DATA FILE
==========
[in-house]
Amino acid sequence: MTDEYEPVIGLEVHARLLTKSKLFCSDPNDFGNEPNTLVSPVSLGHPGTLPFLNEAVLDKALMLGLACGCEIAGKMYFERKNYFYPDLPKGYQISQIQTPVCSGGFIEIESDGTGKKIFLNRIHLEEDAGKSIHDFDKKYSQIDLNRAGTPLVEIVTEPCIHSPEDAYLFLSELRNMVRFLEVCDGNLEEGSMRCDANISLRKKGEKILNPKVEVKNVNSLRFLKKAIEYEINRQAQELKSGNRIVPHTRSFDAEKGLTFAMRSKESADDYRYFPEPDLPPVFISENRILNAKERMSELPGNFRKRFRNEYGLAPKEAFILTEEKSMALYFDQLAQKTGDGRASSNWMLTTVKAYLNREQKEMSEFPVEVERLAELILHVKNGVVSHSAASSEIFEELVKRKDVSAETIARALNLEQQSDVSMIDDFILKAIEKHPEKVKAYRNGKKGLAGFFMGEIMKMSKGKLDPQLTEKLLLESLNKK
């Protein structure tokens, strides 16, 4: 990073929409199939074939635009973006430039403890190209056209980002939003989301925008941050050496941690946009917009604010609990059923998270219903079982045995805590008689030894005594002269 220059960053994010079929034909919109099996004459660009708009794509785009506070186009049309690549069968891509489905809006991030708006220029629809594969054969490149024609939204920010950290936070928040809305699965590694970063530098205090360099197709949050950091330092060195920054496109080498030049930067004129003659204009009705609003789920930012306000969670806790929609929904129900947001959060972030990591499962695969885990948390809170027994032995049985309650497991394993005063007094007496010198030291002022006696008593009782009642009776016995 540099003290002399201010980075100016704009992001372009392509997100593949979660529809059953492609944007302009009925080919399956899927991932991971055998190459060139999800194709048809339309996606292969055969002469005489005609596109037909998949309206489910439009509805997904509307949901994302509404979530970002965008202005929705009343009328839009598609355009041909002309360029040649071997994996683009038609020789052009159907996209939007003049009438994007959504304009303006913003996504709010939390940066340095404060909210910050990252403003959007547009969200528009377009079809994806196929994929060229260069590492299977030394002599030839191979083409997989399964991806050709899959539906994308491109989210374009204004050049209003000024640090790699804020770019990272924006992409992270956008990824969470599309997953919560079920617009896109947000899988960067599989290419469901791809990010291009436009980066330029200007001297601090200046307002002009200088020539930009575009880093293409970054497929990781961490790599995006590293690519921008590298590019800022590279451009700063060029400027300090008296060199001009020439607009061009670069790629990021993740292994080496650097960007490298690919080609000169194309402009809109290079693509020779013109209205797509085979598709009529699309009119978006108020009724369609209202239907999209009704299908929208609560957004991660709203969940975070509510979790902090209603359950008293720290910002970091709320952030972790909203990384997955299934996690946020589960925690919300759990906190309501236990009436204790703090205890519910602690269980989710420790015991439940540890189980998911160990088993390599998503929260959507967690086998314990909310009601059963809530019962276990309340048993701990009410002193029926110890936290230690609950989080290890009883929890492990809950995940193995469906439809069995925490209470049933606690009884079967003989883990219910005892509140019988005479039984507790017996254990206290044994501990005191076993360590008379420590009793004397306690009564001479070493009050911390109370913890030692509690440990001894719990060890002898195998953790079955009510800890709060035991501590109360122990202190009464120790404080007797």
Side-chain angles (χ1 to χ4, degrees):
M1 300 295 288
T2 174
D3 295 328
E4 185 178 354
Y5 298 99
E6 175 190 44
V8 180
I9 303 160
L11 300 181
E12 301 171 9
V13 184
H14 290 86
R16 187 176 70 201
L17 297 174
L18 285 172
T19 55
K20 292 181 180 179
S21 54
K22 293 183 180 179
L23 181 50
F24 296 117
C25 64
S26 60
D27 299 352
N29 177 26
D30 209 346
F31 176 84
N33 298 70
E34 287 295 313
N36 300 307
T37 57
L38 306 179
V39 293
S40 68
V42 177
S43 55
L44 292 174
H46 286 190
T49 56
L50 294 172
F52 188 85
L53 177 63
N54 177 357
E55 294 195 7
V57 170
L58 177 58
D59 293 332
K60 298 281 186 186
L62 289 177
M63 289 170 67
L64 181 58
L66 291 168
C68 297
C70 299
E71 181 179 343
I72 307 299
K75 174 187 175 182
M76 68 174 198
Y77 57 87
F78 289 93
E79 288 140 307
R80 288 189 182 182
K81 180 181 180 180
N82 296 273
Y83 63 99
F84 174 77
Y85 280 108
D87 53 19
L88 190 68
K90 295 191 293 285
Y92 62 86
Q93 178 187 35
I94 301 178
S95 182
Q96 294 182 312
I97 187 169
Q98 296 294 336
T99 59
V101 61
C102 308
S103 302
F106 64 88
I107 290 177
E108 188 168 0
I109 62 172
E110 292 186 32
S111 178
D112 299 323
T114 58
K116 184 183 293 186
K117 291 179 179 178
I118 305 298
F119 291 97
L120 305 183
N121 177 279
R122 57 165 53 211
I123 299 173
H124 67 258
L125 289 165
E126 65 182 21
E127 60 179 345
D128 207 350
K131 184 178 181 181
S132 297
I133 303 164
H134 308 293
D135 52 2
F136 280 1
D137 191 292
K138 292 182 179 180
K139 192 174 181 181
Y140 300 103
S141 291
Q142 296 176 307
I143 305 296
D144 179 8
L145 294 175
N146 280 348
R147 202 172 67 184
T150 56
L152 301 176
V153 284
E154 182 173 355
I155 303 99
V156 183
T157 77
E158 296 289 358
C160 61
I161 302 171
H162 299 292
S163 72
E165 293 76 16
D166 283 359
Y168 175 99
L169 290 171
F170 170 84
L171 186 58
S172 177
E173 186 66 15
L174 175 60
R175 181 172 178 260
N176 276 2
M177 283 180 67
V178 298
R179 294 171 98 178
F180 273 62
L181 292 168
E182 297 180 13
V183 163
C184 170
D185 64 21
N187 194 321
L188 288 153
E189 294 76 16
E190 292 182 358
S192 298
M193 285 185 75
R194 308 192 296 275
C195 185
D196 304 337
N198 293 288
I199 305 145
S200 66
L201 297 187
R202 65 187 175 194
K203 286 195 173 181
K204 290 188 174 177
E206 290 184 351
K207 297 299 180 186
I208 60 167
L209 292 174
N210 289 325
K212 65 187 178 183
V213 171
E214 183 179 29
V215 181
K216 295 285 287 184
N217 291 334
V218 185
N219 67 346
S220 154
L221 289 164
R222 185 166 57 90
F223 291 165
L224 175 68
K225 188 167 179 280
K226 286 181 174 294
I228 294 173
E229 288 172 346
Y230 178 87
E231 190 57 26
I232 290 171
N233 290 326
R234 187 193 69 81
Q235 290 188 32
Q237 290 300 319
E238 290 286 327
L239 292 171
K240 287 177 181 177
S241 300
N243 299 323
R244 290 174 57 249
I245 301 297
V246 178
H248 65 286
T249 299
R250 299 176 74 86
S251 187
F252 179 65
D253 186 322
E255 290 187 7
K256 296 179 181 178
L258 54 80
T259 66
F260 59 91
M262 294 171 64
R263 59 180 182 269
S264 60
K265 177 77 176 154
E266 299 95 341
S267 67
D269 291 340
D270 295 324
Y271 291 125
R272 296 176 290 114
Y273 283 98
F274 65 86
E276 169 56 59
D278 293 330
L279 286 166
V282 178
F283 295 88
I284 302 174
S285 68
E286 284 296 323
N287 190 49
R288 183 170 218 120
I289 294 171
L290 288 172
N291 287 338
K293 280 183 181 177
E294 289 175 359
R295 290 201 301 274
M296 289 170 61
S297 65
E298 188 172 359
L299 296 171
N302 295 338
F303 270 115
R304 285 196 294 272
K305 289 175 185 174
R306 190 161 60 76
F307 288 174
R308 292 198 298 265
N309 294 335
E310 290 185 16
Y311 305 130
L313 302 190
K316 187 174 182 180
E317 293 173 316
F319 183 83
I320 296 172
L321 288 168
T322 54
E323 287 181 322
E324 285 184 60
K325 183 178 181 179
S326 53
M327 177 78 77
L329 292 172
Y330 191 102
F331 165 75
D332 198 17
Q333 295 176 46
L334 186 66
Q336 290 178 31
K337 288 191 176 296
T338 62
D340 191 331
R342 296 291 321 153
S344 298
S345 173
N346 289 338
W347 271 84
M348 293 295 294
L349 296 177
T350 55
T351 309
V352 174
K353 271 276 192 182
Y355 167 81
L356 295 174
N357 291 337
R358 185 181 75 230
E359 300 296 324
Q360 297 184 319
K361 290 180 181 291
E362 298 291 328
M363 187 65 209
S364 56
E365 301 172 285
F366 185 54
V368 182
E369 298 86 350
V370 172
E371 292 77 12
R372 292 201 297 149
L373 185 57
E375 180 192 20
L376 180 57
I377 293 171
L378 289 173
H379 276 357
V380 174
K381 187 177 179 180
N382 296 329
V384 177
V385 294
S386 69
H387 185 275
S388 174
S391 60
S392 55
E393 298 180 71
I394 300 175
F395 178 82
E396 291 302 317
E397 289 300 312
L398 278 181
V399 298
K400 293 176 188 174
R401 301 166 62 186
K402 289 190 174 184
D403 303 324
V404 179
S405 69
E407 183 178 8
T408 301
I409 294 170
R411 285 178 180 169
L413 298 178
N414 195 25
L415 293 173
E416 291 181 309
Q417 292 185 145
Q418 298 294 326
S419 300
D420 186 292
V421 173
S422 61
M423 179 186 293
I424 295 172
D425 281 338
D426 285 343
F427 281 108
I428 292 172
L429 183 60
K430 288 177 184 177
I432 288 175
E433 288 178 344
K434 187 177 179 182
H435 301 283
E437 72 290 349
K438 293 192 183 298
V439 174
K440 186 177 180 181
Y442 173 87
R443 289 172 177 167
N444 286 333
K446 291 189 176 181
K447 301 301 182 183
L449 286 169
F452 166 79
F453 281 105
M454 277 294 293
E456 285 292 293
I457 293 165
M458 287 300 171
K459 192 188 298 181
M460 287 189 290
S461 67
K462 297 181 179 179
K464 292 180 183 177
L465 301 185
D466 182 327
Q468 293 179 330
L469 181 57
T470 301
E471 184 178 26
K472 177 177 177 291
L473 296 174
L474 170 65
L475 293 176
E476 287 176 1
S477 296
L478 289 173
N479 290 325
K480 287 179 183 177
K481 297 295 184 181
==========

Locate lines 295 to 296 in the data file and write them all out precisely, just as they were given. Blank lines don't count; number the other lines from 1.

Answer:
Y355 167 81
L356 295 174